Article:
Hoarders are neurotic because they’re fighting a losing battle. Money likes to be useful. It likes to reward. It doesn’t like being caged.
Cast your bread upon the waters, and…
OK, I’m cheating when I say, first time.
This wasn’t my first experience with Quora, but my first in at least 6 years. It’s been long enough that I could only barely remember it. To reacquaint myself with Quora, I set myself a challenge: One hour, post at least one answer to a posted question. Here’s what I learned.
It might help you decide if Quora will help you hone your writing skills.
There’s almost nothing to figure out with the interface
Easier ‘n Facebook, by far.
What ads exist, are all on the right-hand-side. No endless swiping up to…
Learned this while reading Paul Rosenberg’s Production vs Plunder.
It’s the most awesome question. It has improved my general mood and self-image enormously. And while I’m not wealthier (yet), I suspect I will be. If self-image and income have been a struggle for you (as they have for me), you will benefit hugely from changing how you answer this question.
Here it is:
Is life ZERO-SUM or POSITIVE-SUM?
How you answer determines whether you’re a positive-thinker or neurotic.
Violent or non-violent. Optimist or pessimist. Successful or unsuccessful. Creative or controlling. Money-attracting or -repelling. …
I worked 15 years inside a big aircraft manufacurer.
Along the way, my beliefs about the industry were up-ended. Here’s what I learned.
Whether noob or veteran, these will resonate.
1. Being an aircraft nut reduces your income.
The company’s view is, part of your compensation is a satisfied passion. They can pay you less!
Cuz you’re desperate to work there.
2. There are dragons in here.
Read: Control freaks, sociopaths.
In big companies, it’s easy to hide your incompetence, and sniff out victims. Easy to hole up, should the posse come hunting. I watched one such intimidate everyone…
… and EVERYTHING to do with how you THINK.
It has LITTLE to do with how fast you go ….
…. and EVERYTHING to do with how SLOW you go. And with WHOM.
What kind of work is THAT, then?
$10,000/hr+ work involves your ability to do three things:
Slow down, observe, ask questions, ideate
Whoa! Did you see that lady’s bio? Sounds like she has a cool story to tell. And look how many followers she has! D’you think the two are linked?
Lots of time sitting quietly, thinking, focusing, chilling, listening, embracing silence. …
An old pal is an Army padre.
He invited us to the regiment’s Christmas Ball once year. The army splash out big on social events for the men and women in uniform. No expense spared. Fire-eaters. Expensive food and alcohol. Top-notch local band to rock you into the wee small hours. Breakfast served at 2am (in case you hadn’t already stuffed yourself silly ….)
And a man with a 4-metre-long python …
Offering you the chance to wear it. (Says they’re great pets, very docile. Provided you feed it a rat every day ….)
It reminded me of film footage…
There are a LOT of things great copywriting doesn’t have to do.
Educate. Shock. Entertain. Amuse. Delight. If it does, fine. Doesn’t have to. It just has to do ONE thing:
Appeal to the prospect’s PRIMAL INSTINCTS.
Which are ….?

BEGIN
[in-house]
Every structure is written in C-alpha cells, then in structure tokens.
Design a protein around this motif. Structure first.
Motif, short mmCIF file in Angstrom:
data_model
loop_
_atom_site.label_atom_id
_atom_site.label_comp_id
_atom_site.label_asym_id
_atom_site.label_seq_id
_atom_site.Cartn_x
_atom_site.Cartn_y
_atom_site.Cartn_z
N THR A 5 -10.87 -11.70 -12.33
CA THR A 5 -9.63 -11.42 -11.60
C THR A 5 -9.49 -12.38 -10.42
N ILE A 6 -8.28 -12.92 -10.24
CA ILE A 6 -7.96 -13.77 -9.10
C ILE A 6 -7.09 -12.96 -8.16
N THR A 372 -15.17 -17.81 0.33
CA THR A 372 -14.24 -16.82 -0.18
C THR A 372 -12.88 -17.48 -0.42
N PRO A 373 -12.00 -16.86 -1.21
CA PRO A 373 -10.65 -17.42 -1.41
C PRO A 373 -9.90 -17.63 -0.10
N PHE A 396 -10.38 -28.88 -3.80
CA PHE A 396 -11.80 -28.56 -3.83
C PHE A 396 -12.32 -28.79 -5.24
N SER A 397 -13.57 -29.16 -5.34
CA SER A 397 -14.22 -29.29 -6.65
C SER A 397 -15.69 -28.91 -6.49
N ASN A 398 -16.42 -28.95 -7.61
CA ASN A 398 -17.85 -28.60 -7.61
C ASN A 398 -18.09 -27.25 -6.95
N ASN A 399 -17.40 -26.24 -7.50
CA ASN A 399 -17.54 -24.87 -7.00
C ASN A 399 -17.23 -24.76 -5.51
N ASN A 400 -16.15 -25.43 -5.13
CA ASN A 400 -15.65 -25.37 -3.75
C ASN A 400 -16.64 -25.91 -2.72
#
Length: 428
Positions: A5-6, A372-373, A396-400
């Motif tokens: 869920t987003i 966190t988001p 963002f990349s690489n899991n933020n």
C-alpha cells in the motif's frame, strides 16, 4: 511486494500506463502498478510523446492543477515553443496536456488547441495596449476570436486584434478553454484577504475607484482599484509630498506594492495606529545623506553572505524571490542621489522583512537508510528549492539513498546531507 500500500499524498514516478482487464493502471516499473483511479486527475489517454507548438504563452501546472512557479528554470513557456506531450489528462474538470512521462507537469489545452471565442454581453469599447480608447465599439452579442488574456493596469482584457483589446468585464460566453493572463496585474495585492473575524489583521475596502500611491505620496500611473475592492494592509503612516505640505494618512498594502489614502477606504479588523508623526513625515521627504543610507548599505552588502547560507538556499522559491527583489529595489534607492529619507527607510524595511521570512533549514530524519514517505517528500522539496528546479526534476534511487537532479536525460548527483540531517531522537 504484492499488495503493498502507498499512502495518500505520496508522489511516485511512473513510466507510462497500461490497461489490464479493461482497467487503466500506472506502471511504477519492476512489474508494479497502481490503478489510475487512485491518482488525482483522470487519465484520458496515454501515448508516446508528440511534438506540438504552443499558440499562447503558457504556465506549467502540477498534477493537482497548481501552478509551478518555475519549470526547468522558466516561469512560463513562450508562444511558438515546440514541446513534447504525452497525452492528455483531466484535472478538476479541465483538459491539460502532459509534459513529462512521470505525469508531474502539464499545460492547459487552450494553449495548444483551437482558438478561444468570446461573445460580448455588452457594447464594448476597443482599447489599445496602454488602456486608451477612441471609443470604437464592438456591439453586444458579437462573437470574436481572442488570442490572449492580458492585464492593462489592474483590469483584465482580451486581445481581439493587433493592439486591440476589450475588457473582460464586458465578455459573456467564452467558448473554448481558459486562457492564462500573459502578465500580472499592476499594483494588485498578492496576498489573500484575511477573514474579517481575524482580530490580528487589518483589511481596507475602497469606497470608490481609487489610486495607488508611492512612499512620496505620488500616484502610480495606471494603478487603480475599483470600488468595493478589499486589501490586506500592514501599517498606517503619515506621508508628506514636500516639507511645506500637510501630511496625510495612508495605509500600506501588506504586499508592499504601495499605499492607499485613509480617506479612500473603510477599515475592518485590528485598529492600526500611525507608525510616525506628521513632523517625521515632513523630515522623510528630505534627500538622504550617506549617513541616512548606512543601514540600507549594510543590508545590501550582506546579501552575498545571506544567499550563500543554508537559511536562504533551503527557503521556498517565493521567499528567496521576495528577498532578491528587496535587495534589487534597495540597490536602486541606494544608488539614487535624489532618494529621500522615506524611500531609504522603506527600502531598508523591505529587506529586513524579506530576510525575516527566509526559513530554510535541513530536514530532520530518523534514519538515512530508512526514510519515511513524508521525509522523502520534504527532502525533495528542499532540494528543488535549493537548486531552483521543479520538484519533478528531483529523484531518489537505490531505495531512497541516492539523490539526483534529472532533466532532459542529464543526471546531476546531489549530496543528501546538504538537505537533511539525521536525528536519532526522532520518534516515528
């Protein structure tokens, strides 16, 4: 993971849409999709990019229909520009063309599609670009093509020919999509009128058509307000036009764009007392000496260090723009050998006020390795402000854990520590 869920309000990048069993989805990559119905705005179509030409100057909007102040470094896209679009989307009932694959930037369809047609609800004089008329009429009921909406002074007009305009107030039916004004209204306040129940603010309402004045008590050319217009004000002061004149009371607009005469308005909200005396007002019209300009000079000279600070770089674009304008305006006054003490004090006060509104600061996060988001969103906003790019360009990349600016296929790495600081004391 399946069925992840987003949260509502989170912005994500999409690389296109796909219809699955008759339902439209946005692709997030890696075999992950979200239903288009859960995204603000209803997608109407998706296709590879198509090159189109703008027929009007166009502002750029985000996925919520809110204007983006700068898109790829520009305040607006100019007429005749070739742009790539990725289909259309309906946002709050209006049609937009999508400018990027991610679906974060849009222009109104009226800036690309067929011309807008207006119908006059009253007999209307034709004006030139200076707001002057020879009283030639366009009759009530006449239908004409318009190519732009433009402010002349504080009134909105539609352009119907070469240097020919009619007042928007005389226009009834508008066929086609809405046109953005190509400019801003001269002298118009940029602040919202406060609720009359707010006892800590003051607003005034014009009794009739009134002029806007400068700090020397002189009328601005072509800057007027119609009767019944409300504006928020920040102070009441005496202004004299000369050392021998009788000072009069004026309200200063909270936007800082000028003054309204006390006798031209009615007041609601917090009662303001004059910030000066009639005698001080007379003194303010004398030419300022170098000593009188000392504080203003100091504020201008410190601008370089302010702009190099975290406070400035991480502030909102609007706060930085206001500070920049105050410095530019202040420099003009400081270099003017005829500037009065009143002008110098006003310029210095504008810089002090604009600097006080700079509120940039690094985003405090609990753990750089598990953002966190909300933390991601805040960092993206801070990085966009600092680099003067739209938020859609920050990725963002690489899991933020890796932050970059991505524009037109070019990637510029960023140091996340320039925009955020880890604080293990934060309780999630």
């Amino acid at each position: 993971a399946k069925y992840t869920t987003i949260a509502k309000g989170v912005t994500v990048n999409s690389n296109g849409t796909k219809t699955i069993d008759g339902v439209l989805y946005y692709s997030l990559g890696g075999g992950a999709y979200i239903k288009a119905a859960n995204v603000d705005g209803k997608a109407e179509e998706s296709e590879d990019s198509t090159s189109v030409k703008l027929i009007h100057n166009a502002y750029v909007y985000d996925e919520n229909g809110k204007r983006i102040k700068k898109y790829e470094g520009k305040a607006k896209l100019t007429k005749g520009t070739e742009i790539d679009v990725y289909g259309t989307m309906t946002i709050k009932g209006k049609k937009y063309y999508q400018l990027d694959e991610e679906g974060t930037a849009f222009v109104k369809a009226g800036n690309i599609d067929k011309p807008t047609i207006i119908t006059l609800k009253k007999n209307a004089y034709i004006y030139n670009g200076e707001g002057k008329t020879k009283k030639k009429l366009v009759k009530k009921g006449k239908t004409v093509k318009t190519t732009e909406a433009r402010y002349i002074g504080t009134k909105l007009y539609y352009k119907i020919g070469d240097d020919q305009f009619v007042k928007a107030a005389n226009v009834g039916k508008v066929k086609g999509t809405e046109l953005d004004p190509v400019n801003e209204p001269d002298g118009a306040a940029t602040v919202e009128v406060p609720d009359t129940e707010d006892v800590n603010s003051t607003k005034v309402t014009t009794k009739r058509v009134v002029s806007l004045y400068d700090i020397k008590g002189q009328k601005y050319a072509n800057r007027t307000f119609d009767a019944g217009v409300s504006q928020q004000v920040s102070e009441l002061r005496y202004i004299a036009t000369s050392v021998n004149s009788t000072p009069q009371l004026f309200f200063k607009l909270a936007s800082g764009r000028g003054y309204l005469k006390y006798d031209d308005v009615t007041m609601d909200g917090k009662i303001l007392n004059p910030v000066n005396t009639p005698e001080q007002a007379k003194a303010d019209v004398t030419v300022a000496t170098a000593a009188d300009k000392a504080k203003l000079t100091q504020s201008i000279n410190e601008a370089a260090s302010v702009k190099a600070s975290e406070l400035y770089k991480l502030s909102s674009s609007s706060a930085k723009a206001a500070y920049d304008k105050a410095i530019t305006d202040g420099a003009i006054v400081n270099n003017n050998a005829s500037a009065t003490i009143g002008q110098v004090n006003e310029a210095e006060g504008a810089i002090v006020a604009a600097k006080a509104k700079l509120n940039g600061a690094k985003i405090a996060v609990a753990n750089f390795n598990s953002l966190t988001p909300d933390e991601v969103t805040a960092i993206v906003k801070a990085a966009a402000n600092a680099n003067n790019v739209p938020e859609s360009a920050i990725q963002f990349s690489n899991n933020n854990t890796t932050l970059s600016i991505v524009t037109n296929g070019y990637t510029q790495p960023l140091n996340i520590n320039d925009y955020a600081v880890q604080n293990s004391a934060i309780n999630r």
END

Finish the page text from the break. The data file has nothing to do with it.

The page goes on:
I wanna live (forever, ideally). I wanna be free. I want respect. From everybody. I wanna boink.
Really, really PRIMAL.
Your copywriting HAS to appeal to at least one of those. (All, ideally.) Easy, yeah?
Why’s it so hard, then?
Because while you’re writing to appeal to your prospects’ basic instincts, your LIZARD is screaming to satisfy your OWN.
In my 20’s, I was convinced we were doing kids a terrible disservice with this Santa Claus nonsense.
Organised deception of children! I was vehemently opposed. And then something happened:
I had kids.
Suddenly …. all my Santa Claus convictions …. went out the window. I recognised my kids had a deep need to believe in magic, and magicians, and rabbits being pulled out of hats. If I deprived them of that, I did them no favours.
But I also encouraged them to think for themselves. They figured the facts out on their own.
Lies first, truth after.
Listened yesterday to a chat between Claire Pelletreau and Brooke Castillo.
Brooke is in the life coaching space. Correction: WAS. She’s now in the Life Coach Coaching space.
Yep. She COACHES (and certifies) Life Coaches. C’mon. How much money can there be in THAT, then?
Oh, not much. She only grossed $17 million in 2018, with just 10 employees. (That’s revenue/employee of $1.7 million). Huh, trivial.
She did $34 million last year. Only double in two years, pah. Her ambition is $100 million by 2025. Methinks she might overshoot THAT by just a bit, Toto.
How did she do it…
Most people are DEEPLY uncomfortable with Money. Consider:
#1 I don’t deserve it
You’re no more (or LESS) deserving than the next dude. Not the point. You’ve got money because you offered great value in exchange for it. (You DO have great value to offer, don’t you? Ah, imposter syndrome. Welcome to the human race.)
#2 Having money will make me a target to be taken advantage of
The Tax Man, for instance. But these are solvable problems. (SECRET: the Tax Man is coming for you, no matter what.)
#3 Money isn’t everything, you know
Isn’t it interesting…
Curiosity. Questions. Wisdom. Simplicity. Principles. Meaning. The Vital Few rather than the Trivial Many. Be your own Chief Questions Officer.